Delay In Treating Back Problem Leads To Lifelong Disability

Lawyer Calls For Hospitals To Prove Lessons Are Learned

01.03.2011

A 63 year old West Midlands man, who has been left with permanent spinal damage after two hospitals failed to spot that he required urgent surgery, has received a substantial six figure out of court settlement.

George Hubble, from Willenhall, suffered a prolapsed disc causing pressure on the spinal cord, which went undetected for over 24 hours and led to him suffering irreversible nerve damage. He now has difficulty walking and has been left with debilitating bladder and bowel damage.

Walsall University Hospital NHS Trust and University Hospital Birmingham NHS Foundation Trust made no admissions of liability for failures in his care, despite such signs being a known surgical emergency.

Now, a medical negligence expert at Irwin Mitchell Solicitors is calling for lessons to be learned by both Trusts involved to protect patient safety in the future.

Mr Hubble, who ran a double glazing business, had suffered from back problems for several months but on 16th April 2007, as he stepped out of his work van, he stubbed his foot on the kerb, causing immense pain in his lower back.  He managed to drive back to the office where he collapsed in pain. 

Staff called an ambulance and he was taken to Walsall Manor Hospital. He was examined by a doctor who initially told him that there was no damage to either his spine or back and a nurse was instructed to arrange his discharge.  Mr Hubble then mentioned he was developing numbness in his groin, lower back and sides and along the back of his feet and legs.

Doctors re-examined him and ordered an X-ray before admitting him to a ward for observation.

Tim Deeming a medical negligence expert at Irwin Mitchell, who represented George Hubble, explained: “George’s symptoms of numbness in his groin and legs meant he should have undergone an urgent MRI scan that day. This would have revealed that he was in fact suffering from a large prolapsed disc which was pressing on the nerves – a serious medical condition known as ‘cauda equina’ which requires urgent surgery in order to prevent permanent damage.

However, it was not until Mr Hubble had an MRI scan on the morning of April 17, which showed the prolapsed disc and he was transferred to the Queen Elizabeth Hospital in Birmingham in the early hours of 18th April. Even then, it was not until the afternoon of April 18th that Mr Hubble finally underwent surgery.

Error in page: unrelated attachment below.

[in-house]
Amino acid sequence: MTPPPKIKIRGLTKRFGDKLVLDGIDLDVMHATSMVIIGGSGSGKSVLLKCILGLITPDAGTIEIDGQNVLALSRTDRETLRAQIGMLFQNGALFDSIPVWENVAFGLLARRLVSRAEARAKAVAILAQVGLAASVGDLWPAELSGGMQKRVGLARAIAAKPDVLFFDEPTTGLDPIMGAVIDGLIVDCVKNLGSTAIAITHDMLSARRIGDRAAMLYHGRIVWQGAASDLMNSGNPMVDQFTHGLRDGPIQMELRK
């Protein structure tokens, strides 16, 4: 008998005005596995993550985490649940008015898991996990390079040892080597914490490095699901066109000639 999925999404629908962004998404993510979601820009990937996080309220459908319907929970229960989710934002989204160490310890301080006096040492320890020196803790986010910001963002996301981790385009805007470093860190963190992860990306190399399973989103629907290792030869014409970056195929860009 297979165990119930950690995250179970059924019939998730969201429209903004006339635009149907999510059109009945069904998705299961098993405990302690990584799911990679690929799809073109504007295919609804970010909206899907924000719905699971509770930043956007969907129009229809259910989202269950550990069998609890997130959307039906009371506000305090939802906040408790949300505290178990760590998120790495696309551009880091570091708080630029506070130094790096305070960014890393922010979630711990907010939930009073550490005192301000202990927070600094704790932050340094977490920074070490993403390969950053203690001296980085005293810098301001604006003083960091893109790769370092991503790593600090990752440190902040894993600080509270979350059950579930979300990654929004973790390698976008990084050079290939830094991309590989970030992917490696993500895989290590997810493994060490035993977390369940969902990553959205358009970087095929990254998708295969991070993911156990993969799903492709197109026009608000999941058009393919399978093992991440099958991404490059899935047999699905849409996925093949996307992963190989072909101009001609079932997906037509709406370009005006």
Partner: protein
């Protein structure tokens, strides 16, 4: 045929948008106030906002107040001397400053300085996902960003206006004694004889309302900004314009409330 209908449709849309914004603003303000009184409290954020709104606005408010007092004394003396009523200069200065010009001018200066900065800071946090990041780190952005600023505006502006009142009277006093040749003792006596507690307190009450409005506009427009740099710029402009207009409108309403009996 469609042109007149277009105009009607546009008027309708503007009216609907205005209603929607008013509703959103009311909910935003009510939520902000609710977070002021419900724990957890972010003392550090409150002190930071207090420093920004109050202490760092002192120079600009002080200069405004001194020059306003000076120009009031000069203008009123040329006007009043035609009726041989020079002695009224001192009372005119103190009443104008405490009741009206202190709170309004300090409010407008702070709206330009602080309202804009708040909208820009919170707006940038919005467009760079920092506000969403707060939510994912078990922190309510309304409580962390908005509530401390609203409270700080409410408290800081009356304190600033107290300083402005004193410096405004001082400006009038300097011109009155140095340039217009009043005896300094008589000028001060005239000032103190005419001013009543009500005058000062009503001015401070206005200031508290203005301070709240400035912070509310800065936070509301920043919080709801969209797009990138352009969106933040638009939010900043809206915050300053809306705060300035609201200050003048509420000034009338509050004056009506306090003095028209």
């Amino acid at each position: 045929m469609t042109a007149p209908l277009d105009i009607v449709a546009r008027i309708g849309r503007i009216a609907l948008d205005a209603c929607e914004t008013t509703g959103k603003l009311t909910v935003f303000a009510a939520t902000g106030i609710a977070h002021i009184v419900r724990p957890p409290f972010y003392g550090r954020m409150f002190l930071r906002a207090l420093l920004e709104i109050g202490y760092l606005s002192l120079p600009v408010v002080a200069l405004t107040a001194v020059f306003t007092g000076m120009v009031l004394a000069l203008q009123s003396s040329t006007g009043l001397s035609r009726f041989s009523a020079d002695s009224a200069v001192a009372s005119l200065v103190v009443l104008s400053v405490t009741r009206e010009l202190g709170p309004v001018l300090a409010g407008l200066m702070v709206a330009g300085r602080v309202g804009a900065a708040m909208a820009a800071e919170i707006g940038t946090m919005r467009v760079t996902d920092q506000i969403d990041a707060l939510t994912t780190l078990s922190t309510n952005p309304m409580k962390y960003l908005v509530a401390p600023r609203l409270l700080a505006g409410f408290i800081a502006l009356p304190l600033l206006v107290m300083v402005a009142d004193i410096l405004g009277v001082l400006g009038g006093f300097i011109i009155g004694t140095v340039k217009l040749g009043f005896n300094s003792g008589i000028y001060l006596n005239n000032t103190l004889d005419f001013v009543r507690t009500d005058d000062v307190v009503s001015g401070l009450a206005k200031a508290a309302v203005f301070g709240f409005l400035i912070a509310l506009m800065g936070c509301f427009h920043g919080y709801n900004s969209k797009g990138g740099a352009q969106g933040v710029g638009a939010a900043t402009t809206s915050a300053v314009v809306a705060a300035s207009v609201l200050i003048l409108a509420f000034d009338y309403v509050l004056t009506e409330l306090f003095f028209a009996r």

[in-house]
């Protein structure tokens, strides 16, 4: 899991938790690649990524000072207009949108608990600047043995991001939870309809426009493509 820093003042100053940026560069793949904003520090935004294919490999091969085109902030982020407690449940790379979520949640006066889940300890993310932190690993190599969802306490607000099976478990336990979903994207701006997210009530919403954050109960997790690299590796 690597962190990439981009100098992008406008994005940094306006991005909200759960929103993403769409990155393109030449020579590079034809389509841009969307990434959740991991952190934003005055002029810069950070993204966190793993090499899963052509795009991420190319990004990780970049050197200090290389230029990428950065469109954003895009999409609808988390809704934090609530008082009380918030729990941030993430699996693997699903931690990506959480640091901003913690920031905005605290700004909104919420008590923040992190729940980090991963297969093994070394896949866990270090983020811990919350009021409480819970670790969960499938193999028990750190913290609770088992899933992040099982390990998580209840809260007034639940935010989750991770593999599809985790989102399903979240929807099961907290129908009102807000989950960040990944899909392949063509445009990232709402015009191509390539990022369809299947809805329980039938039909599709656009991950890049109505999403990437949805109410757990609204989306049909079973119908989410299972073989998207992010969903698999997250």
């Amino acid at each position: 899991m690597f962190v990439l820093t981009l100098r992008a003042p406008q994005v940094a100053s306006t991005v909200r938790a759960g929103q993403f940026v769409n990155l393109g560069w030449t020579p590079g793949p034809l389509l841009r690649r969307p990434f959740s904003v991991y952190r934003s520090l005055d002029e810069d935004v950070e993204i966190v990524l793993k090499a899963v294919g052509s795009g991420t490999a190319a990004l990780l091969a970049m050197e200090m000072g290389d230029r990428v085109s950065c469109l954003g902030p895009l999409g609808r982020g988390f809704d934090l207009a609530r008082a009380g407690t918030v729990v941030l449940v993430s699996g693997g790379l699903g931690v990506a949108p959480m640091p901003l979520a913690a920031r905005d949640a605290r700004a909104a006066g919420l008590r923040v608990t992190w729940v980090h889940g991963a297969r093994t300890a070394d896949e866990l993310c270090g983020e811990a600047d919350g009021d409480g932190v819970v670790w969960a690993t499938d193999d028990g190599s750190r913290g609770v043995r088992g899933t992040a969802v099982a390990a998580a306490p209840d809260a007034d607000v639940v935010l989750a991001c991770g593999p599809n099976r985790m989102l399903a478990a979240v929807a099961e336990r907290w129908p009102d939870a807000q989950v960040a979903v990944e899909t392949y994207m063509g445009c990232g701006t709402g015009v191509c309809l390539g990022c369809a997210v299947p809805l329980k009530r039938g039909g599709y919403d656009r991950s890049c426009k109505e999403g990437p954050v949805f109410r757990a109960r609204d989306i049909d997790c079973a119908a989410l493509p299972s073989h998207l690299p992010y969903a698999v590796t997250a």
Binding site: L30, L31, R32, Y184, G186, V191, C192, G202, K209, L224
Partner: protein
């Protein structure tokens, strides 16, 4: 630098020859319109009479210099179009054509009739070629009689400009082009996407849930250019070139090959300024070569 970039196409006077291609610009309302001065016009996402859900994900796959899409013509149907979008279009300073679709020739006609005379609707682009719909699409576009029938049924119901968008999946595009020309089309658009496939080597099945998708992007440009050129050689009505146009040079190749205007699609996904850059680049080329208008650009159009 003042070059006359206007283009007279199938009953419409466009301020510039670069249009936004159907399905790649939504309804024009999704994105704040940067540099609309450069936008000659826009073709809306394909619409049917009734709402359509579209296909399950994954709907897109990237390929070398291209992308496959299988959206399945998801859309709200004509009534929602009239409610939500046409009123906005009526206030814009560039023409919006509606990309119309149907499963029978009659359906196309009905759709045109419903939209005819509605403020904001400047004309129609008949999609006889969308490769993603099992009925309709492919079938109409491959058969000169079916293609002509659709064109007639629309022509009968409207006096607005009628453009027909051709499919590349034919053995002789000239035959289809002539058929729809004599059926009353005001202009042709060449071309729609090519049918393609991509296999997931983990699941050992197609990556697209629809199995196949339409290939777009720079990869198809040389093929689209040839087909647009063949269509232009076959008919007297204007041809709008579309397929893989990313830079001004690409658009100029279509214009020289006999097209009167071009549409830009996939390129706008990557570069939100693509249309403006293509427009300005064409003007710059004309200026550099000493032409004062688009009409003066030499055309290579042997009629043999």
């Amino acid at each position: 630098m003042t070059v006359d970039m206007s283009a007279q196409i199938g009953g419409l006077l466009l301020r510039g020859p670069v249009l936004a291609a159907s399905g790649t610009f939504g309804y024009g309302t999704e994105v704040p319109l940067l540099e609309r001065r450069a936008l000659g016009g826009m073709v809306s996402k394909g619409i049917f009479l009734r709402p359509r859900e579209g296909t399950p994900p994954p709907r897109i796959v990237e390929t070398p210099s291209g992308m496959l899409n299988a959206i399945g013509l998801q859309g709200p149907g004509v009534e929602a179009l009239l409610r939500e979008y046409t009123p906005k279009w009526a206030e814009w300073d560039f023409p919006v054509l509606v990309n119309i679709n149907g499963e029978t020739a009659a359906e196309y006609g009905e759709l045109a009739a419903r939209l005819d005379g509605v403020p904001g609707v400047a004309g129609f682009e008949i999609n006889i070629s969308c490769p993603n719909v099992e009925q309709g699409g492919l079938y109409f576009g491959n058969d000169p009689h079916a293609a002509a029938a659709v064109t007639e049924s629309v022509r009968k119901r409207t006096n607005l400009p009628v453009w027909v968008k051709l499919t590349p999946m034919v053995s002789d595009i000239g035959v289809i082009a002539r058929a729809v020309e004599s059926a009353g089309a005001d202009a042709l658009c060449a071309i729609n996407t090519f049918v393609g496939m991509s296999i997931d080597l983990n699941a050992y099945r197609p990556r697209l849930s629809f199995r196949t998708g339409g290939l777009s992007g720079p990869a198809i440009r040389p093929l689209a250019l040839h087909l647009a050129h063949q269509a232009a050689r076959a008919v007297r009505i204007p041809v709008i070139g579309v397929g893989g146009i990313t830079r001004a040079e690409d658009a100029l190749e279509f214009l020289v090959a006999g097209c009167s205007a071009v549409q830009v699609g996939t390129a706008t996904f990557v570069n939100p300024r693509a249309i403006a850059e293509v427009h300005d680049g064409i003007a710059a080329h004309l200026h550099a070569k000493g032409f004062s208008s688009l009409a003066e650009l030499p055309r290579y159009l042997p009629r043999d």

Mr Deeming continued: “Independent medical experts have told us that the hospital had a 24 hour window of opportunity to carry out surgery. We know that, prior to Mr Hubble being transferred to the QE, there were telephone discussions between doctors at both hospitals about his condition.

“We have been unable to find out if the delay in surgery resulted from Walsall Hospital failing to appreciate the gravity of the situation or if in fact staff at the QE failed to advise an urgent transfer.

“Either way, this was a fundamental error that should have been avoided if the hospitals had acted promptly.  I am particularly concerned that there was such a slow response to Mr Hubble’s ‘red flag’ symptoms which should have rung alarm bells with doctors. 

“Instead, the delay in an accurate diagnosis meant that irreversible damage was done to his nerve endings, leaving him with permanent mobility issues and debilitating bowel and bladder problems. We very much hope that lessons have now been learned by the Trusts so that patient safety is not put at risk in the future.”

Mr Hubble commented: “Before this happened, I had always been a very fit and active man and ran my own business Now I have difficulty walking even 100 yards and need a walking stick to support myself.  Worse still are the problems the nerve damage has caused internally. The bowel and bladder problems I suffer are understandably embarrassing and debilitating. The injuries affect virtually aspect of my every day life and although it’s something I have learned to live with it never goes away.”

In a bid to raise awareness and support for other people who have suffered ‘cauda equina’ injuries, Tim Deeming, Mr Hubble and other clients who have suffered similar problems are now linking in with the Spinal Injuries Association.